1A member of an ancient people, originally from Armenia, who settled in Syria and northern Mesopotamia during the 3rd-2nd millennia bc and were later absorbed by the Hittites and Assyrians.
- In the second half of the 8th century, Tiglath-Pileser III pushed his frontiers south to the Persian Gulf and north into the heart of Anatolia, defeating the Hurrians and the Hittites.
- He wrote of the relation of the Kurdish peoples, or some of them, to the ancient Hurrians.
- In fact, Siirt is a city of great antiquity, home to many different civilisations, beginning with the Hurrians, who were succeeded in turn by the Medes, Persians, Parthians, Romans, Byzantines, Arabs and finally the Ottomans.
2The language of the Hurrians, written in cuneiform and of unknown affinity.
- We know that the Middle East of 5000 years ago was using a variety of unrelated languages, Hurrian, Egyptian, Sumerian, Elamite, Hittite, and Akkadian, where for the last 1000 years there has been nothing but Arabic and Persian.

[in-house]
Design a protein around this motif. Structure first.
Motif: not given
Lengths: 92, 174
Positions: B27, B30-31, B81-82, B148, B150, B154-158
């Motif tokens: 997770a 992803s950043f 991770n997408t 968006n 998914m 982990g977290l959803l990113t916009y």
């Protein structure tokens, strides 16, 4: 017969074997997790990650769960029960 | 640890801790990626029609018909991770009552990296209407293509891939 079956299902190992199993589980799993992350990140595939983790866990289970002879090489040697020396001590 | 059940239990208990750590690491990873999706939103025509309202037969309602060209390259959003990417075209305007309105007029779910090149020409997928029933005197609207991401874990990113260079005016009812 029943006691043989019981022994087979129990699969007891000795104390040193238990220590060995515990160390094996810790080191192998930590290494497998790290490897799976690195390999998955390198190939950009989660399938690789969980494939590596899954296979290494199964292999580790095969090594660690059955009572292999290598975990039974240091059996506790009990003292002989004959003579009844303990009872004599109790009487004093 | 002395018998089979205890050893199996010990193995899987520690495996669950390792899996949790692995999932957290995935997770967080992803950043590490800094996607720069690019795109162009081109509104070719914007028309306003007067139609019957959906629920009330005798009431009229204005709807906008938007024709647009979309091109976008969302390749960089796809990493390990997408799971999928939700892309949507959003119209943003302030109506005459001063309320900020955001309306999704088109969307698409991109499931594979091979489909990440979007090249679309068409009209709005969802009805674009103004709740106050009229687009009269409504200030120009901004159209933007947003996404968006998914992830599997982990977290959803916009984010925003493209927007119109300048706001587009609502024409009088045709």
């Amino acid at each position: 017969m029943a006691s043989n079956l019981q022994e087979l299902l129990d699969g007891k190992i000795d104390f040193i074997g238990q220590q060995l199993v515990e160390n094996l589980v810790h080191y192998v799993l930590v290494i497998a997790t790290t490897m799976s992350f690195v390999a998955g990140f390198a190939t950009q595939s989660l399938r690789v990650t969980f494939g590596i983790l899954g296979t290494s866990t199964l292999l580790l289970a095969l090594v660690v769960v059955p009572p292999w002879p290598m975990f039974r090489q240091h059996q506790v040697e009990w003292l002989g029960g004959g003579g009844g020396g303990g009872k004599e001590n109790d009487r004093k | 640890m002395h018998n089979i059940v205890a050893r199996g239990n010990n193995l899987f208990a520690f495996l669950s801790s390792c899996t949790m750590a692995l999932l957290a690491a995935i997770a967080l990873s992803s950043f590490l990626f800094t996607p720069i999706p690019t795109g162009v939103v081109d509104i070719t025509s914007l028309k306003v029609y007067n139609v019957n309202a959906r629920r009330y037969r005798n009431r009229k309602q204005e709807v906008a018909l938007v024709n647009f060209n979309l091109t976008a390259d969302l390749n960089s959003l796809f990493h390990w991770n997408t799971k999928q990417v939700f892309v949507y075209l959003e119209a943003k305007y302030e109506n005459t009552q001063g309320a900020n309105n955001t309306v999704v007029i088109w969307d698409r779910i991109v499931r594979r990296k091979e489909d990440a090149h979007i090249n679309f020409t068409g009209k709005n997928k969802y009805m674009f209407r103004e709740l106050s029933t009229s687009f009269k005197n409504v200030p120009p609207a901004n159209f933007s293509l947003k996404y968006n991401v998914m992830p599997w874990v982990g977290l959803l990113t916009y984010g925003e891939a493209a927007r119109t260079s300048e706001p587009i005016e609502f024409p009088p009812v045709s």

- This system developed over the succeeding centuries to form Akkadian, Eblaite, Elamite, Hititte, Hurrian, and Old Persian.
- The cosmopolitan nature of the city is evident from the presence of documents written in Ugaritic, Akkadian, Hittite, Egyptian, Hurrian, and even Cypro-Minoan.
Relating to the Hurrians or their language.
- The charioteers, who bore the Hurrian title mariyannu, were an élite group given special privileges.
- Some of the pottery is estimated to be approximately 5,000 years old, and it has been linked to the Nuzi people of the Hurrian civilization.
- To a visitor from a non-Islamic planet earth, the Hurrian political system would appear to be an exotic blend of Stalin and a militant Sweden.
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